What Should I Anticipate On My Way To The Initial Consultation?
Lawyers call their first meeting with you a “consultation” or “initial consultation.” The meeting is a chance to discuss your legal issues and some possible resolutions. Importantly, though, it is also your interview of the lawyer and the lawyer’s interview of you to ensure you are both a good match to work together. Good lawyers, and good clients, take their time to select the right match.
The meeting will be nothing like the doctor’s office. There usually won’t be a lot of clients in the waiting room and a few offices will expect you to fill out lengthy paperwork or provide identification cards. This meeting should be far more private and it should give some answers to the questions you have.
Some lawyers charge for these meetings, some do not. Those who do usually charge an amount less than their usual hourly rate or they charge a flat fee. You should definitely expect to know what the lawyer is charging for the consultation before you arrive.
The attorney uses the initial consultation to learn about your case, determine if your expectations are realistic, estimate the cost of your case, and identify your ability to pay for the work needed. This meeting is important from a lawyer’s perspective because they want to make sure you have the resources to pay for their work and to confirm that you have reasonable expectations for your case.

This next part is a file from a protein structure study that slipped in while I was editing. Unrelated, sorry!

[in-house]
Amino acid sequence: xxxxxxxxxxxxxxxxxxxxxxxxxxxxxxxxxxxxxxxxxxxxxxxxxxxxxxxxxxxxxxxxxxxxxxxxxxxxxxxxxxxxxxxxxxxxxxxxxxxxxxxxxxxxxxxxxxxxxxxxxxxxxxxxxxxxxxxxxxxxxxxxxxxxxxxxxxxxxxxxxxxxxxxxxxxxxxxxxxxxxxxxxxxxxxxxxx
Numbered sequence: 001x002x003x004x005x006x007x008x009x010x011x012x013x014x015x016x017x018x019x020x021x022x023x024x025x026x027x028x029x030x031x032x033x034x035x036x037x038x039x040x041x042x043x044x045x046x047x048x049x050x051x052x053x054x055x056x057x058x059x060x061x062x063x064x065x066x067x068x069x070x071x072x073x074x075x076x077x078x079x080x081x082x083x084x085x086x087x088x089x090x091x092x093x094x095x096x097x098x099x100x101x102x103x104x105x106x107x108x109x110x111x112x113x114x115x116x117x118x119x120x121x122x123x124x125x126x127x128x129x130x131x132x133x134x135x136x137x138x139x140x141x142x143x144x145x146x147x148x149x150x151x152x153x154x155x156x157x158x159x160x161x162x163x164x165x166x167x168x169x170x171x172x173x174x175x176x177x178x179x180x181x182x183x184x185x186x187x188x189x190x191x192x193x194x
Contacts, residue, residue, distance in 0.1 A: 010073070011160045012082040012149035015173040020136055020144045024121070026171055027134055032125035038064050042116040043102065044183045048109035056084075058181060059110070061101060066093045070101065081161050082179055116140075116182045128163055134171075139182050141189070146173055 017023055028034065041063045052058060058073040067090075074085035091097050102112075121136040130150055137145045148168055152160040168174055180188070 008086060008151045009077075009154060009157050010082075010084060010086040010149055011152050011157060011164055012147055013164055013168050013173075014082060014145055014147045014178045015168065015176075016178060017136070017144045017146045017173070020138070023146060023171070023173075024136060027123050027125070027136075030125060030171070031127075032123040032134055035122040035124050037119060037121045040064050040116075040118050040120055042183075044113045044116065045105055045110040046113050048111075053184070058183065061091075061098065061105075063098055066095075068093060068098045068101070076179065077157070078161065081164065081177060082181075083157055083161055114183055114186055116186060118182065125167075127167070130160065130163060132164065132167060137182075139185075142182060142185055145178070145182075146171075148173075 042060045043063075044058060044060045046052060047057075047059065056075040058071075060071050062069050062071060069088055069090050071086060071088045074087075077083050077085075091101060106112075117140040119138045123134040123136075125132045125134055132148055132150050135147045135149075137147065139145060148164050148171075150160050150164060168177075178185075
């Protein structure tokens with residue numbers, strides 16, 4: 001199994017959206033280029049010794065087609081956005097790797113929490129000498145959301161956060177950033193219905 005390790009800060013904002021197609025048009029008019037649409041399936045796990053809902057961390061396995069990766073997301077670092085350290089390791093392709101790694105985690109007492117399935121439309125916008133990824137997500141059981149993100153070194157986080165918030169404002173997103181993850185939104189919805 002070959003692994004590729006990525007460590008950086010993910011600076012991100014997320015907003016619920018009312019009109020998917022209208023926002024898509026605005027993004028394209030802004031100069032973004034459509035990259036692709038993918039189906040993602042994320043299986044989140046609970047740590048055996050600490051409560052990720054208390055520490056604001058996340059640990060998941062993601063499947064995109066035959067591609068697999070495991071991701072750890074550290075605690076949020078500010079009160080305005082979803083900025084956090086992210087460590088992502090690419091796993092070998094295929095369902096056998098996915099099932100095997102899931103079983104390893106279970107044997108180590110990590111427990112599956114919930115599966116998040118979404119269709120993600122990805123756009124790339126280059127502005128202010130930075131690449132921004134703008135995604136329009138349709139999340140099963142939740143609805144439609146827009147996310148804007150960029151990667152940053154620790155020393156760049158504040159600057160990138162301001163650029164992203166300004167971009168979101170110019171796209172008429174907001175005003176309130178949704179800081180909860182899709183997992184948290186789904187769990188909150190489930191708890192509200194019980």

You should also use the meeting to make some decisions. There are thousands of lawyers who hold themselves out as someone that can handle divorce work for you – make sure you take the time to pick the right lawyer for your needs. Some traits you should look for in your lawyer are: someone that cares about the work they do, is responsive to clients and courts, is knowledgeable about the law or willing to learn, and who is experienced for the kind of work you need to be done. In other words, you need to look for a lawyer, you won’t regret hiring a year later if your case becomes complicated. When considering these issues, feel free to discuss the attorney’s background and training; how the attorney is to be paid; what expenses may be involved in the case; how and when you can communicate with the attorney (e.g., personally in the office, by phone, by email, or in writing); and to find out the names of all those persons who will be working on the case (e.g., paralegals, associates, etc.).
The lawyer will also want to discuss your case. The lawyer will, at a minimum, want to ask you about information about the marriage, your jobs and income, your assets and debts, the other party, any history of violence in your marriage, goals in the separation, children, and your overall financial situation. The lawyer should give you time to discuss any other facts you think are or might be relevant to the case. If you are ready to move forward with that process, we ask you to consider using our services.